Daylight and time of year also play a part. Biological changes can make you more risk adverse on shorter days, which may be why the cheerful bright lights of downtown city casinos work for lovers of risk.
Some people inherit a gene that predicts their personality and their tendency towards taking risks. Inheriting the longer version of this DRD4 gene means your love of risk is about 25 percent higher than someone with the shorter version.
Risk lovers tend to be night owls rather than those fond of being up with the lark. They are more impulsive, and keen to seek out new sensations. Risk-taking behavior has (in part) been evolved to enhance a persons ability to attract a mate.
Taking risks is habit forming and those who do so are not deterred by operating in a safer environment. One device introduced to protect skydivers from parachute malfunctions was so successful that the divers began to attempt trickier stunt landings, apparently to impress their friends by increasing the risks – a sort of risk compensation.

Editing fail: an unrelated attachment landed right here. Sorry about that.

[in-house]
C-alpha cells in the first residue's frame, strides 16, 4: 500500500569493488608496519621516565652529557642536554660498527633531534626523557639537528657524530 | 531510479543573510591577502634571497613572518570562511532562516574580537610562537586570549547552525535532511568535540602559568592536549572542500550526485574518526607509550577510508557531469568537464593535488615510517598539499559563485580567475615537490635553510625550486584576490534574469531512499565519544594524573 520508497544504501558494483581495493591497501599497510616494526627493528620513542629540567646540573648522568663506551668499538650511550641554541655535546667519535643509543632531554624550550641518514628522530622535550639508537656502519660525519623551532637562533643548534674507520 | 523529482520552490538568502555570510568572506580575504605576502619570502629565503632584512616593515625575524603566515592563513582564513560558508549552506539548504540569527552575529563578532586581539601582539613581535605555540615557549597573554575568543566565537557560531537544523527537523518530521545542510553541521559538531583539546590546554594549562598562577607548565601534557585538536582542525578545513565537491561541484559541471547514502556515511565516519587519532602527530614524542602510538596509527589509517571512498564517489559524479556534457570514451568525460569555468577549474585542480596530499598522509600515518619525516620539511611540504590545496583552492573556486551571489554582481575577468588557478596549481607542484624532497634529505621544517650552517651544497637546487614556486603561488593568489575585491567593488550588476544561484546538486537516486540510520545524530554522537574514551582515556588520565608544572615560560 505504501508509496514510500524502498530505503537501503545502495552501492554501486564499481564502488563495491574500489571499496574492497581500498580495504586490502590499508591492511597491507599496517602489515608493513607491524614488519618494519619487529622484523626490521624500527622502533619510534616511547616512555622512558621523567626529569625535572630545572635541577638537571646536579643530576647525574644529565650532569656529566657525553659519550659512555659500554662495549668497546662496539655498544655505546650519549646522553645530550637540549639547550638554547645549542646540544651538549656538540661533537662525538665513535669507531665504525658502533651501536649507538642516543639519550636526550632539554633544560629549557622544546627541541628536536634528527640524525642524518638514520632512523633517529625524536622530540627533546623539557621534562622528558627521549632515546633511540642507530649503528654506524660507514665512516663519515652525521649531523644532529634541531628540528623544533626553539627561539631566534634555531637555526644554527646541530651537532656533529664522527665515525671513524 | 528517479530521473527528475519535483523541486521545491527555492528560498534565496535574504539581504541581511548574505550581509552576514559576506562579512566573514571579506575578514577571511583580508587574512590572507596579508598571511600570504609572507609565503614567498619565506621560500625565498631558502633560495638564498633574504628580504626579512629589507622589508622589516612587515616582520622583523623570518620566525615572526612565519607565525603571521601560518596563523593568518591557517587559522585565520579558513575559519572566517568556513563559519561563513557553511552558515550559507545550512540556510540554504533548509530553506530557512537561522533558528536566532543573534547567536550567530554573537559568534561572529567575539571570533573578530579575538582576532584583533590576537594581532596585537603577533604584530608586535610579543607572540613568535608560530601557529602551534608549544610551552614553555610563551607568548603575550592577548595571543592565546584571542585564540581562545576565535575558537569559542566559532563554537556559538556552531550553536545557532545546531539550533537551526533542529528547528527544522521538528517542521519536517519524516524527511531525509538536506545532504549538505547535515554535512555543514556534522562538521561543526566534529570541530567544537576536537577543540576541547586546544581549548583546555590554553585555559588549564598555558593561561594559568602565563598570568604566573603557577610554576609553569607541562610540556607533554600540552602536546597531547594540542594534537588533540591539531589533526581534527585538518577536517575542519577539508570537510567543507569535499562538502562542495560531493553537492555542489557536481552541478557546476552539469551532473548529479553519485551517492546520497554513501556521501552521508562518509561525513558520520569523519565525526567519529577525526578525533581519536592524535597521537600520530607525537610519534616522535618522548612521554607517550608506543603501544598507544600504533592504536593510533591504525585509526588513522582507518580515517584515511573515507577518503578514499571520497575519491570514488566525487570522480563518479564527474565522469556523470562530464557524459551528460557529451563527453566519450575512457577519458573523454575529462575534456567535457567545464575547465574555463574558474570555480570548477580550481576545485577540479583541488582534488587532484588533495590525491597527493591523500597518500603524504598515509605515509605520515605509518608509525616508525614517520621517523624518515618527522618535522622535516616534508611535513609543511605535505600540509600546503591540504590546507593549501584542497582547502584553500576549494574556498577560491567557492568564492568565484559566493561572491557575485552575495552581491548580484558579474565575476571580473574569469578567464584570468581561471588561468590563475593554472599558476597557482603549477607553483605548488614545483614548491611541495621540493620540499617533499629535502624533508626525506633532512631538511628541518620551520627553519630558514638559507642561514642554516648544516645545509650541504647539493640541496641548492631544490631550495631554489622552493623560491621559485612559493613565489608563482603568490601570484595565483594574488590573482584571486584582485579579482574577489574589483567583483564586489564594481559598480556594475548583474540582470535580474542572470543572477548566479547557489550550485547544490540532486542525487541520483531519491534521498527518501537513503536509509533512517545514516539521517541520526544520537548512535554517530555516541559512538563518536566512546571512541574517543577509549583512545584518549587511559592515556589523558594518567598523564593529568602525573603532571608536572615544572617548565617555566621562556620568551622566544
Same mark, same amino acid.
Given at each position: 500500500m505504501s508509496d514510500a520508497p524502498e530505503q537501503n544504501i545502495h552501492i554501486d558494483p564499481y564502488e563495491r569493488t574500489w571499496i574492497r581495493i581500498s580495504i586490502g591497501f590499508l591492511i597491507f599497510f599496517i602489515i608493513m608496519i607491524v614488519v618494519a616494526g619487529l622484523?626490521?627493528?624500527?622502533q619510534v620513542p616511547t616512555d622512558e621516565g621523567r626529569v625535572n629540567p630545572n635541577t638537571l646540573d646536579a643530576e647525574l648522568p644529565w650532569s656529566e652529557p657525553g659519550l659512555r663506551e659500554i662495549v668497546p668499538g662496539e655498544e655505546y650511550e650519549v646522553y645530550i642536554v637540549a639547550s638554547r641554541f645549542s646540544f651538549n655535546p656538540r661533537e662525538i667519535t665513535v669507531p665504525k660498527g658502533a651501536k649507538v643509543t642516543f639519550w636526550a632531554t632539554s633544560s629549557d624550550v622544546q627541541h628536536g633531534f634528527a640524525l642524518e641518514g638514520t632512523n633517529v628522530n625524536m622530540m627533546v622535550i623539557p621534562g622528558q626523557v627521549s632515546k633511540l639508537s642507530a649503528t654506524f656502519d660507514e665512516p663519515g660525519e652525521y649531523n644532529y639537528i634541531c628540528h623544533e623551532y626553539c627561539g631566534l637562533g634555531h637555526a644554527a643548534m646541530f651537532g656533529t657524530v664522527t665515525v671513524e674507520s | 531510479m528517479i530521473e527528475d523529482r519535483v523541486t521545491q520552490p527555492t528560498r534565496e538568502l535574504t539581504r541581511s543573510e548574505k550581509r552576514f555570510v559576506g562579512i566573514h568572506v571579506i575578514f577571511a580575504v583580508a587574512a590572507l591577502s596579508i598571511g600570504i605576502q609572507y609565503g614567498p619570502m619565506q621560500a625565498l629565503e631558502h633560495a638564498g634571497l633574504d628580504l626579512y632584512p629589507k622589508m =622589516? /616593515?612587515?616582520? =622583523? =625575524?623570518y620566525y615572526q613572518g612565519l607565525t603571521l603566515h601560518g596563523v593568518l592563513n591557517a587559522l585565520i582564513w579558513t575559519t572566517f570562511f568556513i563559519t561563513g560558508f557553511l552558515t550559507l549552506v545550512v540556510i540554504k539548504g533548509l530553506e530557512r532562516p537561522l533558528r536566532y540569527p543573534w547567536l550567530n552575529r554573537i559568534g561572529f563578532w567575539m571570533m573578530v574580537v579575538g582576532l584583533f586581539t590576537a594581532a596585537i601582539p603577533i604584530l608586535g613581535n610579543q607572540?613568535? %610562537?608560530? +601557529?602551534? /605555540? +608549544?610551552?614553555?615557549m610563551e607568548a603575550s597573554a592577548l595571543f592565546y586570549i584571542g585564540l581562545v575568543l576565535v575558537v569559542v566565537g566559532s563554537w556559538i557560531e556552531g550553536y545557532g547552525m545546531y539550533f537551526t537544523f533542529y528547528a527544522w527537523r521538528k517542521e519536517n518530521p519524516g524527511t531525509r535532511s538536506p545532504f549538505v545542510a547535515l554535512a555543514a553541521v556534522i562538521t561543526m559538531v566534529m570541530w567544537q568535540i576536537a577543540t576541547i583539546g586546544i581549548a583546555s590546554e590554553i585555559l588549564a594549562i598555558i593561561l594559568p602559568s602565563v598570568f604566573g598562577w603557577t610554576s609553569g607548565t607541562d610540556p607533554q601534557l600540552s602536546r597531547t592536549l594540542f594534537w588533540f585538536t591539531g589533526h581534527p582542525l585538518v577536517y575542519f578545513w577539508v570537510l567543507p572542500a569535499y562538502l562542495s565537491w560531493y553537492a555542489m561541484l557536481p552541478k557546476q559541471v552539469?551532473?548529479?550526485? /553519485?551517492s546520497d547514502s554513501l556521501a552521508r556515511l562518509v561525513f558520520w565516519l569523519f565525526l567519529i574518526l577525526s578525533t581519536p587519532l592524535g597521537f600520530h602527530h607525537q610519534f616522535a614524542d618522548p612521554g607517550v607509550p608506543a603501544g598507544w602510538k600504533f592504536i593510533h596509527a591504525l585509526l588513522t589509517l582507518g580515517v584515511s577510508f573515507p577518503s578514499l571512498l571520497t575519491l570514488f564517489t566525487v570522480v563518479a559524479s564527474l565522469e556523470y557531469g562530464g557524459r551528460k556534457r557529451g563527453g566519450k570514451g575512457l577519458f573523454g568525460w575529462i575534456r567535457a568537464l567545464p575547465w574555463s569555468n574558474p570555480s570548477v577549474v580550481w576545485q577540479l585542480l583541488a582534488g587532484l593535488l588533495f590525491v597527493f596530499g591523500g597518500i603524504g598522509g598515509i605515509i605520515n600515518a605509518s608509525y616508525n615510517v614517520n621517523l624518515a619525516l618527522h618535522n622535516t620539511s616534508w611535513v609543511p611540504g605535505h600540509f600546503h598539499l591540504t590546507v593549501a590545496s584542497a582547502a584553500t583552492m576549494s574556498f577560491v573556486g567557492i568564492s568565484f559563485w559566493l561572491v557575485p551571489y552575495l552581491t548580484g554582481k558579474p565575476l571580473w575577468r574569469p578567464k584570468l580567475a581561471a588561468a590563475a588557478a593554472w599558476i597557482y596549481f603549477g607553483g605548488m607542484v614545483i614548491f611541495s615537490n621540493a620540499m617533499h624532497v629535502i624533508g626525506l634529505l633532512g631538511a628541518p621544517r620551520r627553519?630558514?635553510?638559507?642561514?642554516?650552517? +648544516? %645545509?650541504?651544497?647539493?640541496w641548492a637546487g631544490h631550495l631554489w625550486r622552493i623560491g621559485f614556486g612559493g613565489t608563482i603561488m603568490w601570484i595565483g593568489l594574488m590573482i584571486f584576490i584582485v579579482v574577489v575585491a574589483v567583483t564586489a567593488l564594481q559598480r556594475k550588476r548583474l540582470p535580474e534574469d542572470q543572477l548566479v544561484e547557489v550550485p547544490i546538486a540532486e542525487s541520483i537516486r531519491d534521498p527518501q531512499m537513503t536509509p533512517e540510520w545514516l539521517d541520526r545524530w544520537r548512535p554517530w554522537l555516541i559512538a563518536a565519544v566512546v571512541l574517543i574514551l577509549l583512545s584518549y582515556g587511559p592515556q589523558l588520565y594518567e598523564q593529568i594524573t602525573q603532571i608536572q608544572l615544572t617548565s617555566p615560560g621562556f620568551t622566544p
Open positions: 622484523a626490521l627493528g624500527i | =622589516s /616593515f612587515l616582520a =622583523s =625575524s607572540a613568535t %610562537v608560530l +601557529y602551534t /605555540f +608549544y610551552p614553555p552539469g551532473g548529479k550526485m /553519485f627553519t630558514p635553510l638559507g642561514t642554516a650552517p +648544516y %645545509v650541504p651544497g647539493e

It seems likely that we all have an appetite for a certain degree of risk. However, in extreme cases, the true risk lover will do everything they can to satisfy it.
“Only those who will risk going too far can possibly find out how far one can go.”
Some demanding physical activities can risk life and limb, and people who engage in what has become known as extreme sports thrill to the challenges the activities present. Think skydiving, rock climbing, whitewater sports, BASE jumping, and extreme biking to name a few. You can even tune in to a channel devoted to extreme sports for regular updates on the latest, most dangerous, sports activities.
Then there are the risk takers who make it their life’s work. Professional stunt performers in movies, for example, take part in dangerous activities that regular actors won’t touch. Many of the scenes you see involving fights, martial arts, high diving, sub aqua and driving at high speed are performed by professional risk-takers who get an adrenaline rush from completing the challenge without injuring themselves. In the same way, professional racing drivers risk injury and death to shave a few seconds off their lap time so they can be in pole position for a race.